Synopsis : A half century after its release, Midnight Cowboy remains one of the most original and groundbreaking movies of the modern era. With beguiling performances from Jon Voight and Dustin Hoffman as two loners who join forces out of desperation, blacklist survivor Waldo Salt’s brilliant screenplay, and John Schlesinger’s fearless direction, the 1969 film became the only X- rated film to ever win the Academy Award for Best Picture.
Its vivid and compassionate depiction of a more realistic, unsanitized New York City and its inhabitants paved the way for a generation’s worth of gritty movies with complex characters and adult themes. But this is not a documentary about the making of Midnight Cowboy: it is about the deeply gifted and flawed people behind a dark and difficult masterpiece; New York City in a troubled time of cultural ferment; and the era that made a movie and the movie that made an era. Featuring extensive archival material and compelling new interviews, director Nancy Buirski illuminates how one film captured the essence of a time and a place, reflecting a rapidly changing society with striking clarity.
Original Language: English
Director: Nancy Buirski
Producer: Nancy Buirski, Simon Kilmurry, Susan Margolin
Writer: Nancy Buirski
Release Date (Theaters): Limited
Box Office (Gross USA): $11.5K
Distributor: Zeitgeist Films / Kino Lorber
Production Co: Augusta Films, Foothill Productions, Cineflix Productions
Exclusive Interview Director Nancy Buirski
Q: Midnight Cowboy is one of the most iconic films, not just 60s, probably old time and the movie won the Oscar, influenced a lot of indie filmmakers, but what’s your personal relation to this film? How did that influence that ended up making this documentary?
N.B: I didn’t see it when it first came out, but I saw it not long after. I remember feeling how radical this film was, that it was really unlike anything I’d seen. It was like a gut punch. It stuck with me. It never went away. I don’t think I saw it again until I came across — this is obviously many years later — Glenn Frankel’s book on “Shooting Midnight Cowboy,” which ultimately inspired this movie. I don’t think I would have been excited about making it based on his book, if I still hadn’t felt such a connection to that film so many years later and appreciated the fact that it wasn’t just me who felt that connection, but everybody I ever talked to about “Midnight Cowboy.”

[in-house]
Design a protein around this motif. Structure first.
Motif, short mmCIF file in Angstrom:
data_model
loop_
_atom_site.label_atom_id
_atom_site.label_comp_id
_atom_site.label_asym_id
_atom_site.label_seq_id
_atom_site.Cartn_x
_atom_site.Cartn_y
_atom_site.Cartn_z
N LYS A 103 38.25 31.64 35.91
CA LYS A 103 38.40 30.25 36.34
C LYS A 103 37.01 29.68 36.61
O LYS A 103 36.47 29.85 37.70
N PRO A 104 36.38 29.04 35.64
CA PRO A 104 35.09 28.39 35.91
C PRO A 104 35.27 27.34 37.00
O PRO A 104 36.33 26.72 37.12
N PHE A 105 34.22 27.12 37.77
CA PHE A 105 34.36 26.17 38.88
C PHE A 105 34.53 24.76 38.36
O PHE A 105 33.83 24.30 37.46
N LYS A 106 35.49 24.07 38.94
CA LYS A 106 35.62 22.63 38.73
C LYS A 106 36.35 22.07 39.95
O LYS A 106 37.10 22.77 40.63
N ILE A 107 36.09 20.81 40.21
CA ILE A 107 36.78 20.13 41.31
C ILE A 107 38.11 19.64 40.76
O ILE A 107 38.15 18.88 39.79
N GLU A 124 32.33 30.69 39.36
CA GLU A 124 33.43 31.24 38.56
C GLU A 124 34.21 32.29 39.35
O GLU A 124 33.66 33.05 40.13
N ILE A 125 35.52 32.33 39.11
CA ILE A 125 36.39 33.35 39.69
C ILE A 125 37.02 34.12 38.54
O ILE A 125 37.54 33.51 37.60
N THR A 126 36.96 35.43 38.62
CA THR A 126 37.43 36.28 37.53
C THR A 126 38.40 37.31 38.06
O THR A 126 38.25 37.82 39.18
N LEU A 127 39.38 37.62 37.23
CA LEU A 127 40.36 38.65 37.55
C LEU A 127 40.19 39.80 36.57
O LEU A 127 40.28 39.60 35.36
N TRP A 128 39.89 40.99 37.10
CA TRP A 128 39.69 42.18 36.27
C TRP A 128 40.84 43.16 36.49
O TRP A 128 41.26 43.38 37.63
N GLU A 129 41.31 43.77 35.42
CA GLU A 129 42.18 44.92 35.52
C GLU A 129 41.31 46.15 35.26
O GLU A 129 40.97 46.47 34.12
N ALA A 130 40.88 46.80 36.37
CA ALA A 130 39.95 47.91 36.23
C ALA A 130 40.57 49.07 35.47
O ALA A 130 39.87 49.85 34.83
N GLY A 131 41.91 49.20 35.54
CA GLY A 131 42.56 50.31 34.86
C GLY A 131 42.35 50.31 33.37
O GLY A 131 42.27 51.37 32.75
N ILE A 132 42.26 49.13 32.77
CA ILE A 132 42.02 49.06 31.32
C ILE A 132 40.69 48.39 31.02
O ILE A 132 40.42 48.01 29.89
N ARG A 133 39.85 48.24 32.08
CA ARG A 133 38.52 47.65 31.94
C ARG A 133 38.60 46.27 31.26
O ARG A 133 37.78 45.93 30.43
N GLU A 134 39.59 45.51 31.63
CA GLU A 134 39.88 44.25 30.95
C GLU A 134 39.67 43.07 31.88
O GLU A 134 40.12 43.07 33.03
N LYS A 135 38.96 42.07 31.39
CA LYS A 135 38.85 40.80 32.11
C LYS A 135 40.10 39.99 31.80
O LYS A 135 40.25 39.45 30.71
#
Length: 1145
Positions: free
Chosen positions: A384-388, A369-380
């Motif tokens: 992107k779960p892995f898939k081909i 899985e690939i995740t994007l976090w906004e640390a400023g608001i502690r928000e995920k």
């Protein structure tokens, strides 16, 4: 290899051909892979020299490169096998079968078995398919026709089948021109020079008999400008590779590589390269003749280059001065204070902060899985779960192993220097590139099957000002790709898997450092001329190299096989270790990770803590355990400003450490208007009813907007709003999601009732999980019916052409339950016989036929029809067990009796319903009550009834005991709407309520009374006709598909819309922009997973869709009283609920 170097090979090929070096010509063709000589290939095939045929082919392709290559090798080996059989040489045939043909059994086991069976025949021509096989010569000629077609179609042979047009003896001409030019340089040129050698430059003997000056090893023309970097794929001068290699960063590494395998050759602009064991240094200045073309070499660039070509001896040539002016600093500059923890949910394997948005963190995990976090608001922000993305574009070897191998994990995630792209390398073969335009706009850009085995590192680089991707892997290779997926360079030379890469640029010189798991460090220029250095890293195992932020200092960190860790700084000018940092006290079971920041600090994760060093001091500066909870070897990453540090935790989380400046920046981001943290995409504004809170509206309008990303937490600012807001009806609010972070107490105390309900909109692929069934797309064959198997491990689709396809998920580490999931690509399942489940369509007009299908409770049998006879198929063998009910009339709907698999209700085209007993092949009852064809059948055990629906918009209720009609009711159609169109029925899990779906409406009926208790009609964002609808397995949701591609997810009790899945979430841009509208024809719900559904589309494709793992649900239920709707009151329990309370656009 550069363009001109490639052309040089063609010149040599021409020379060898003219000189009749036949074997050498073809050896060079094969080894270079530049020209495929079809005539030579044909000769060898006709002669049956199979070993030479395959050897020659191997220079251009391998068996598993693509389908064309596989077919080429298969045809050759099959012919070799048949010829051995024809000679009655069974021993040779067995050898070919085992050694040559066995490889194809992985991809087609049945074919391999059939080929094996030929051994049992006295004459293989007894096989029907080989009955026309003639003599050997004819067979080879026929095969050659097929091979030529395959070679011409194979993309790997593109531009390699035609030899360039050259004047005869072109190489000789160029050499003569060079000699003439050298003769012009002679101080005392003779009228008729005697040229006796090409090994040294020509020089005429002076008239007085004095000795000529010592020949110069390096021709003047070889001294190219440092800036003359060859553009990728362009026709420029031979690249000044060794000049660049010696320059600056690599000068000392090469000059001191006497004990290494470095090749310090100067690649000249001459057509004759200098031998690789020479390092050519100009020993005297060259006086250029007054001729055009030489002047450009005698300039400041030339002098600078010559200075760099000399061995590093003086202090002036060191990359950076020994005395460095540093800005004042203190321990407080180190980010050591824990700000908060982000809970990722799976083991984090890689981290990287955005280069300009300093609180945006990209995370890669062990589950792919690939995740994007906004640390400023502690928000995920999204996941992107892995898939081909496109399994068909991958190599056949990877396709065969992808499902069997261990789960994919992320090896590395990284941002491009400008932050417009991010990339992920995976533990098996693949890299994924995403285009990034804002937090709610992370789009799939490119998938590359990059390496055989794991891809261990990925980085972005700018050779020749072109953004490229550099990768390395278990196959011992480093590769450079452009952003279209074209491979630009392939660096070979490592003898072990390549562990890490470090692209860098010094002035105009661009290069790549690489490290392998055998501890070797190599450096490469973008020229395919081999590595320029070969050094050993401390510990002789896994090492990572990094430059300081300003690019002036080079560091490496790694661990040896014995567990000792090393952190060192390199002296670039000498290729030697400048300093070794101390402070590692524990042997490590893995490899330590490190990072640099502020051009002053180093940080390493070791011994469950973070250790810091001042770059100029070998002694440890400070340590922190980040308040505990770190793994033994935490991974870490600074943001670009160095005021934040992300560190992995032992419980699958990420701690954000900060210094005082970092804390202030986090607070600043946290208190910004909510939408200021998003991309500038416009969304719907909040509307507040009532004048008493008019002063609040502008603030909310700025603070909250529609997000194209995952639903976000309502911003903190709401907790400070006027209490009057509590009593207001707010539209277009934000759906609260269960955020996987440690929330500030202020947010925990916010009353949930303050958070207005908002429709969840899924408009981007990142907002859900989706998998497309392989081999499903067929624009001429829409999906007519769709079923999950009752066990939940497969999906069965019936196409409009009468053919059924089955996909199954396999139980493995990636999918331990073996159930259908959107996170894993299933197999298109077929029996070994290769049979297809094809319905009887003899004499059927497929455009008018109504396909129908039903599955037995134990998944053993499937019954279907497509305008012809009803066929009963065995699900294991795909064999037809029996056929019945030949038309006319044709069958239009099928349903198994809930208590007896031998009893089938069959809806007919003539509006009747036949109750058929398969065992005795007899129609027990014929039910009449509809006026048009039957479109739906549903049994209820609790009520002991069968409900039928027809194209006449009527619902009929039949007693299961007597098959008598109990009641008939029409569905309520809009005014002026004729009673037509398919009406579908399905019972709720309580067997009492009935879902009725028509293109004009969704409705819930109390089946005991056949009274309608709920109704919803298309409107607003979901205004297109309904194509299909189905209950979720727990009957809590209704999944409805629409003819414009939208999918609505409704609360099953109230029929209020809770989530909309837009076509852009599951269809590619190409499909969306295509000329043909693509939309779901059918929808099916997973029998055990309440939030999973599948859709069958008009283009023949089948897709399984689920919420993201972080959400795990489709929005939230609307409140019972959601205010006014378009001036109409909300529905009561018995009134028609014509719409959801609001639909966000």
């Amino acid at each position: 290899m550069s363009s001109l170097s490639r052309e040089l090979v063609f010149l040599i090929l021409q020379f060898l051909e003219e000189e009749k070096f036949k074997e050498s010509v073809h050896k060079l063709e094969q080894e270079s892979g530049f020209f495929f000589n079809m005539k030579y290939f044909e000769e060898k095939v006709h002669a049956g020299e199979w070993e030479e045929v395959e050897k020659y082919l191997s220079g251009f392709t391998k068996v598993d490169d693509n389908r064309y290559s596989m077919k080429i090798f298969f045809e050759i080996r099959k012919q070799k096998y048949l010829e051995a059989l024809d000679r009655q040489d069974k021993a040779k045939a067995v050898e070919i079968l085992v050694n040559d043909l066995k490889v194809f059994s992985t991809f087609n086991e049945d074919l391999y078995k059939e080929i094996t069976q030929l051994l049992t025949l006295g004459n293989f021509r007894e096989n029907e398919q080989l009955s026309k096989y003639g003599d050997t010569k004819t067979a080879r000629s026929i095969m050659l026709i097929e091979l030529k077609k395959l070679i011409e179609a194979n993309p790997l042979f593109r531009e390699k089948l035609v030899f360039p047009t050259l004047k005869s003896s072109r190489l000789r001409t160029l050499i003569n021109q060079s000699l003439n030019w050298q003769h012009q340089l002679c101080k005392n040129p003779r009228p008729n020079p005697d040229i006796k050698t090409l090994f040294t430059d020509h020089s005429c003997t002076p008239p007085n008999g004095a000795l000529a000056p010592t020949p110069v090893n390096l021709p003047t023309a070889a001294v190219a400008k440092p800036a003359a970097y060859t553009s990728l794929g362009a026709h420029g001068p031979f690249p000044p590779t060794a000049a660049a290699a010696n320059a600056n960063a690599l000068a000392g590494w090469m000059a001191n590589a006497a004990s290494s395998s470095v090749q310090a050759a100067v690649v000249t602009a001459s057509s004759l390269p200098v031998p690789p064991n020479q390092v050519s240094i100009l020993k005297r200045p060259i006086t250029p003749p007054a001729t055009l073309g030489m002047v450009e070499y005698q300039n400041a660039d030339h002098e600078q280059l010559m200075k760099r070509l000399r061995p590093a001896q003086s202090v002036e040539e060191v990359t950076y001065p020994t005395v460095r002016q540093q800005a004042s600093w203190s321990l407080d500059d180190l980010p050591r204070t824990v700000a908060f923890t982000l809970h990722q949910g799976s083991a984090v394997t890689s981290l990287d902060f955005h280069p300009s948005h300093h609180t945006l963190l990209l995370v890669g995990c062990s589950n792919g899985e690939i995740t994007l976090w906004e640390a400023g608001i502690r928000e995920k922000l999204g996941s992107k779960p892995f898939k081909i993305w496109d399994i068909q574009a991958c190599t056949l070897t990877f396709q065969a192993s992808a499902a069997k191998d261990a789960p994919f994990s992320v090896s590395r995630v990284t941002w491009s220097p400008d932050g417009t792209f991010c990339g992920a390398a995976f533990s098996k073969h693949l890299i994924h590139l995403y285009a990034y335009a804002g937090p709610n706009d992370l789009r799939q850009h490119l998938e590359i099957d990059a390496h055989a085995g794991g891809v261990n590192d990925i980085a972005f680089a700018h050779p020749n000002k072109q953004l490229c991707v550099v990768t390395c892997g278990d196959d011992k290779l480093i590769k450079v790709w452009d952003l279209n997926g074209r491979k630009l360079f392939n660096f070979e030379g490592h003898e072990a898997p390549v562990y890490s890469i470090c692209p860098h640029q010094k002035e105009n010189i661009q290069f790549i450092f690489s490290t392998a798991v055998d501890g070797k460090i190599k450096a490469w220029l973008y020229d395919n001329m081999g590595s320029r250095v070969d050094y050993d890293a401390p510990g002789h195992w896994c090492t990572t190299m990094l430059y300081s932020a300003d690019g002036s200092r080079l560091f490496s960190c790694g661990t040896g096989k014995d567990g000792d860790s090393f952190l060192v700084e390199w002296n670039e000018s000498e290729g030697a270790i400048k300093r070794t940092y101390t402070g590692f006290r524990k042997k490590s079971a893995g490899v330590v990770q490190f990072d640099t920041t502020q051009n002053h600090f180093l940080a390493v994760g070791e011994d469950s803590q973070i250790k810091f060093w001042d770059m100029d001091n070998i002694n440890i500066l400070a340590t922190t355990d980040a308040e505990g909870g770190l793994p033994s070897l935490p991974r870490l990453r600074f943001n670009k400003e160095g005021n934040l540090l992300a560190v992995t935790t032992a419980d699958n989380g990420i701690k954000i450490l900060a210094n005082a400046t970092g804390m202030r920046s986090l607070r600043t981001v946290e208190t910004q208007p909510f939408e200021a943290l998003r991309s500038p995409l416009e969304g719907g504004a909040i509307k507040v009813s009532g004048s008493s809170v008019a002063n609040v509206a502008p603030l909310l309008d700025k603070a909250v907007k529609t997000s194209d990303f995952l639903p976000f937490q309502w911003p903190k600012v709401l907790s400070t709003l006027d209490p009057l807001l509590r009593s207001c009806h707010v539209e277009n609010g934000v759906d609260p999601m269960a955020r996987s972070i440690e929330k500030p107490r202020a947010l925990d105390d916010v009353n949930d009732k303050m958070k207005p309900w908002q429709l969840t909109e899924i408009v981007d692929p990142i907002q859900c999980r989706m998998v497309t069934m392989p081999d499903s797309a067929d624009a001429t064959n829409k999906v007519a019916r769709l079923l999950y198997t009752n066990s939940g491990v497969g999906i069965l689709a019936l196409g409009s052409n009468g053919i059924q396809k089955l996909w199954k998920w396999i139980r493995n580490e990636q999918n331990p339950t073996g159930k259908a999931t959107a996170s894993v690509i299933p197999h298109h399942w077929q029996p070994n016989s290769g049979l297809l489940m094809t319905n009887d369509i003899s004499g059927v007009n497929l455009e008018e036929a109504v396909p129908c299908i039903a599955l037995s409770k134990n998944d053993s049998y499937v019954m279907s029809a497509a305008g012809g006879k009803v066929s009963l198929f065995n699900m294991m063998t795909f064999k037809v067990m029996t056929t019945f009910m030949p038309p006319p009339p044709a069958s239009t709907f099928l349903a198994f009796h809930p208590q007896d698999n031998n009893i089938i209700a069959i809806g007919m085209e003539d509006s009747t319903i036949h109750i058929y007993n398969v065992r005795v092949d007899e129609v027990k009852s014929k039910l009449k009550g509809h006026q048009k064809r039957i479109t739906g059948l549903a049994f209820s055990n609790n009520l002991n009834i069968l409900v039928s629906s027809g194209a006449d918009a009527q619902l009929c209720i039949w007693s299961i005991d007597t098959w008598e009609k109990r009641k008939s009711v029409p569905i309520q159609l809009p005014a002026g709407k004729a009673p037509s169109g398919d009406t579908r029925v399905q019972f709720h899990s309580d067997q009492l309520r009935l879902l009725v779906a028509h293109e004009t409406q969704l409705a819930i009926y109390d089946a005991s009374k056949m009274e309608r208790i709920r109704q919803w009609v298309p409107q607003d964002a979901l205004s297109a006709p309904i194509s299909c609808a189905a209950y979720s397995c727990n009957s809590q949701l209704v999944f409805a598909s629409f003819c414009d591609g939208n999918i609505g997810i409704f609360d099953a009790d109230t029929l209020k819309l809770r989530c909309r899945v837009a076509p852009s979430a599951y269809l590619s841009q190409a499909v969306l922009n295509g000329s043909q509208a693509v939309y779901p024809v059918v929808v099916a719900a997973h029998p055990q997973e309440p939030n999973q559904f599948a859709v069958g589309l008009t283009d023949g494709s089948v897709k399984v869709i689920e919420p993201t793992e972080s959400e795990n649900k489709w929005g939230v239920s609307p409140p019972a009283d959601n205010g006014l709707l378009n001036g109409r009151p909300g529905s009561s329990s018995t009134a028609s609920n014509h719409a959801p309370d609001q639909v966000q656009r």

It was a touchstone for them. One of the things that I’m interested in, and I’ve explored in other projects as well, is what makes art last? What makes art resonate when it first appears and what makes it resonate so many years later. This was a wonderful opportunity to explore those questions, to see if I could find an answer to those questions in our film. What was fascinating about this film is that it’s not just a documentary about “Midnight Cowboy,” but also about the culture surrounding that era and the influence of that. How did you come to that aspect to tackle those elements, not just with “Midnight Cowboy” itself. It’s such a grand scale of work that you have to go through [it].
Q: Talk about that actual challenge and how you ended up coming to the point where you can tackle this film?
N.B: Well, that was part of trying to answer the question of why did it resonate? You know, art is never made in a vacuum and if a film seems to somehow encapsulate what’s going on at the time — and it registers as [being] greater than just one artist’s expression. It’s somehow [does that] without actually dealing directly with those cultural issues yet it encompasses them while somehow reflecting and refracting them. It’s going to have more impact on people who see it because they’re going to see themselves in that movie.